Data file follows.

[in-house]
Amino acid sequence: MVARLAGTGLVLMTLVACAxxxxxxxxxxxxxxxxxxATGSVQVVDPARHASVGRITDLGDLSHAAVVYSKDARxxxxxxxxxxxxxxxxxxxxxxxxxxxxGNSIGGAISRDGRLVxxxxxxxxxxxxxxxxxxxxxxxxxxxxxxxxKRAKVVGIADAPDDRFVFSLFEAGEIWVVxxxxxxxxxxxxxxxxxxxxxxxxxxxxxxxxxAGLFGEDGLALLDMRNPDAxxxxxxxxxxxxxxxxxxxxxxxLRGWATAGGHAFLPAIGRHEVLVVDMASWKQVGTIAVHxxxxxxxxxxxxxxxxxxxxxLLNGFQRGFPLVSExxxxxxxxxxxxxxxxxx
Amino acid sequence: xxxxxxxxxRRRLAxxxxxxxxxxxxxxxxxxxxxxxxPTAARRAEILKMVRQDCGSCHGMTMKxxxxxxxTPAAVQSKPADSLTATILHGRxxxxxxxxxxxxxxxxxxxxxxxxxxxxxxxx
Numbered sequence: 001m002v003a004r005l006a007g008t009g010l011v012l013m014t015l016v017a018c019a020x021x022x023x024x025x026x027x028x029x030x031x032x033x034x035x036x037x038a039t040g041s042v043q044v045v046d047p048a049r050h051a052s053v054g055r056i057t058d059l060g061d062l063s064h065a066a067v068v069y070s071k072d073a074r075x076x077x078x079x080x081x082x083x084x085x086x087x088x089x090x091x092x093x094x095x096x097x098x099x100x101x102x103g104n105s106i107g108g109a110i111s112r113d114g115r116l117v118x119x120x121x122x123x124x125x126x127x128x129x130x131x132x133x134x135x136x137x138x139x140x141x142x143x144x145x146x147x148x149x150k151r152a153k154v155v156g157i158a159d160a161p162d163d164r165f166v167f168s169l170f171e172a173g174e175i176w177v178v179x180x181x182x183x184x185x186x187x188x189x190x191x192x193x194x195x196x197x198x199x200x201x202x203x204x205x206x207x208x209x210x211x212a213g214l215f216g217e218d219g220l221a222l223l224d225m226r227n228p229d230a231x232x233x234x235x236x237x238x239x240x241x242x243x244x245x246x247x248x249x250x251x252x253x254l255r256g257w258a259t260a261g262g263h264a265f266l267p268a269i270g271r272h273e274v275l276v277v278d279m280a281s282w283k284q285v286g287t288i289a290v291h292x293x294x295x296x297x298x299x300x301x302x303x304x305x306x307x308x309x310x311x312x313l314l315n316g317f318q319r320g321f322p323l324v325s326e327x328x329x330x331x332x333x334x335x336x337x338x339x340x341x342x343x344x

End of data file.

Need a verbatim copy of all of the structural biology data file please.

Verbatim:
[in-house]
Amino acid sequence: MVARLAGTGLVLMTLVACAxxxxxxxxxxxxxxxxxxATGSVQVVDPARHASVGRITDLGDLSHAAVVYSKDARxxxxxxxxxxxxxxxxxxxxxxxxxxxxGNSIGGAISRDGRLVxxxxxxxxxxxxxxxxxxxxxxxxxxxxxxxxKRAKVVGIADAPDDRFVFSLFEAGEIWVVxxxxxxxxxxxxxxxxxxxxxxxxxxxxxxxxxAGLFGEDGLALLDMRNPDAxxxxxxxxxxxxxxxxxxxxxxxLRGWATAGGHAFLPAIGRHEVLVVDMASWKQVGTIAVHxxxxxxxxxxxxxxxxxxxxxLLNGFQRGFPLVSExxxxxxxxxxxxxxxxxx
Amino acid sequence: xxxxxxxxxRRRLAxxxxxxxxxxxxxxxxxxxxxxxxPTAARRAEILKMVRQDCGSCHGMTMKxxxxxxxTPAAVQSKPADSLTATILHGRxxxxxxxxxxxxxxxxxxxxxxxxxxxxxxxx
Numbered sequence: 001m002v003a004r005l006a007g008t009g010l011v012l013m014t015l016v017a018c019a020x021x022x023x024x025x026x027x028x029x030x031x032x033x034x035x036x037x038a039t040g041s042v043q044v045v046d047p048a049r050h051a052s053v054g055r056i057t058d059l060g061d062l063s064h065a066a067v068v069y070s071k072d073a074r075x076x077x078x079x080x081x082x083x084x085x086x087x088x089x090x091x092x093x094x095x096x097x098x099x100x101x102x103g104n105s106i107g108g109a110i111s112r113d114g115r116l117v118x119x120x121x122x123x124x125x126x127x128x129x130x131x132x133x134x135x136x137x138x139x140x141x142x143x144x145x146x147x148x149x150k151r152a153k154v155v156g157i158a159d160a161p162d163d164r165f166v167f168s169l170f171e172a173g174e175i176w177v178v179x180x181x182x183x184x185x186x187x188x189x190x191x192x193x194x195x196x197x198x199x200x201x202x203x204x205x206x207x208x209x210x211x212a213g214l215f216g217e218d219g220l221a222l223l224d225m226r227n228p229d230a231x232x233x234x235x236x237x238x239x240x241x242x243x244x245x246x247x248x249x250x251x252x253x254l255r256g257w258a259t260a261g262g263h264a265f266l267p268a269i270g271r272h273e274v275l276v277v278d279m280a281s282w283k284q285v286g287t288i289a290v291h292x293x294x295x296x297x298x299x300x301x302x303x304x305x306x307x308x309x310x311x312x313l314l315n316g317f318q319r320g321f322p323l324v325s326e327x328x329x330x331x332x333x334x335x336x337x338x339x340x341x342x343x344x